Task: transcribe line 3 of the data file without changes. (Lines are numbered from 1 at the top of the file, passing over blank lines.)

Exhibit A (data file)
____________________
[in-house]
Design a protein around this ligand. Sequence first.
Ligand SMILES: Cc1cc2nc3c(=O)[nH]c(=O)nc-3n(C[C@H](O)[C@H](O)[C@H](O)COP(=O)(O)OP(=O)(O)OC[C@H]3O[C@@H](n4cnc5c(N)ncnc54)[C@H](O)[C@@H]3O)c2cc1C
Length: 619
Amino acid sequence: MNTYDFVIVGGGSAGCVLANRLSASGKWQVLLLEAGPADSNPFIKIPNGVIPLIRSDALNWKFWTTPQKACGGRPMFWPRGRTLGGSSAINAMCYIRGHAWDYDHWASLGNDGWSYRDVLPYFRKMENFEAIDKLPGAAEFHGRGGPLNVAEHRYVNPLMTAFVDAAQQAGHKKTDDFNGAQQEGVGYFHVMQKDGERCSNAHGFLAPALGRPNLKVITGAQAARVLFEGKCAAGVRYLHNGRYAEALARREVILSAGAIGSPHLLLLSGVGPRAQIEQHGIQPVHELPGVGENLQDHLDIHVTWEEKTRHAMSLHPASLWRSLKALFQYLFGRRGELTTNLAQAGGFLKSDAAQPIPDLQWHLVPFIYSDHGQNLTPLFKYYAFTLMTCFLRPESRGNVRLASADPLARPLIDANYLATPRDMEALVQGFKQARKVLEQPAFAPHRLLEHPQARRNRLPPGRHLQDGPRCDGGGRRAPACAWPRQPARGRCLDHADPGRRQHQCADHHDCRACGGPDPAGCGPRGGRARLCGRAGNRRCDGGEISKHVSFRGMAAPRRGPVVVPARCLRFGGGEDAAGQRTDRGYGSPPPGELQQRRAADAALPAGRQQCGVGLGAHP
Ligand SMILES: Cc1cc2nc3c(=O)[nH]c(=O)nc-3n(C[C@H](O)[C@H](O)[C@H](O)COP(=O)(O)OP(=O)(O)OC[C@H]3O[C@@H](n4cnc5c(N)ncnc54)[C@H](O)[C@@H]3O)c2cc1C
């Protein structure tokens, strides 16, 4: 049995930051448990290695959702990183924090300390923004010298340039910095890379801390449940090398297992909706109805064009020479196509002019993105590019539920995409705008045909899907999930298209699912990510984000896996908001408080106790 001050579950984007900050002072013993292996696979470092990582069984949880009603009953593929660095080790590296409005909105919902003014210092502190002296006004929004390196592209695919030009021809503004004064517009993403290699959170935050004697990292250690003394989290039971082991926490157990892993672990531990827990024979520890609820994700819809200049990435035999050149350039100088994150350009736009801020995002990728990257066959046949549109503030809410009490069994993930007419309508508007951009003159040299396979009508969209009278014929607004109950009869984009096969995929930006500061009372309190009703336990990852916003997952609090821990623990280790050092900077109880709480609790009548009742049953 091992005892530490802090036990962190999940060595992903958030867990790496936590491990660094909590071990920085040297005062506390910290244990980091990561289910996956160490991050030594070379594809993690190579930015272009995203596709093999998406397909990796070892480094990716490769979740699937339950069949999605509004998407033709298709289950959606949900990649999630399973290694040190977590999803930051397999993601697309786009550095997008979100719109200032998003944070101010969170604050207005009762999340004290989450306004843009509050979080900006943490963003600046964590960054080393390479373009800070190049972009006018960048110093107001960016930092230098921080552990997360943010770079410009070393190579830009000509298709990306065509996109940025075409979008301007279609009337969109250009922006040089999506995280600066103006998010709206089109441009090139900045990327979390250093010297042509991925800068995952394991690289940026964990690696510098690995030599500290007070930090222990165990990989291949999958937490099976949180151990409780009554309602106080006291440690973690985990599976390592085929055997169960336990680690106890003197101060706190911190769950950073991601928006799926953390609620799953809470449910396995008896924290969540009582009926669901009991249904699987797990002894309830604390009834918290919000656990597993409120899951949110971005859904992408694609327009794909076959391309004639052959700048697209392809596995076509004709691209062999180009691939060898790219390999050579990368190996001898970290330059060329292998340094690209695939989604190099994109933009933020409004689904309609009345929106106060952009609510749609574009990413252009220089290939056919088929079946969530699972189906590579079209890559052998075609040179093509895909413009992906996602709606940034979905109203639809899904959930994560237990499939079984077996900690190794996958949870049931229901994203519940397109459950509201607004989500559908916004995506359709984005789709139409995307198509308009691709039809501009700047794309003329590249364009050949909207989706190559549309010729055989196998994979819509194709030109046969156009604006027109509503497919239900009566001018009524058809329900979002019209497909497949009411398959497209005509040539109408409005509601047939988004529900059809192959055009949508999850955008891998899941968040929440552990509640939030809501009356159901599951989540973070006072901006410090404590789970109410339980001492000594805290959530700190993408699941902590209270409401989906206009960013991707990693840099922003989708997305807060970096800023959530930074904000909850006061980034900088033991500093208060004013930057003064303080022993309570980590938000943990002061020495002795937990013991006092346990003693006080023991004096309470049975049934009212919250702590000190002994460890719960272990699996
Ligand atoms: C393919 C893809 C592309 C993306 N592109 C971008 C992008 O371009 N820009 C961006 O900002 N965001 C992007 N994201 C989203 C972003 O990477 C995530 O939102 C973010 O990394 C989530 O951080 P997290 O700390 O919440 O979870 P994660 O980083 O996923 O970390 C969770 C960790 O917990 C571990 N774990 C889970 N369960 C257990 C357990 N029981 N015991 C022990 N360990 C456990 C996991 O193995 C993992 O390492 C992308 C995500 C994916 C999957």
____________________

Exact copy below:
Ligand SMILES: Cc1cc2nc3c(=O)[nH]c(=O)nc-3n(C[C@H](O)[C@H](O)[C@H](O)COP(=O)(O)OP(=O)(O)OC[C@H]3O[C@@H](n4cnc5c(N)ncnc54)[C@H](O)[C@@H]3O)c2cc1C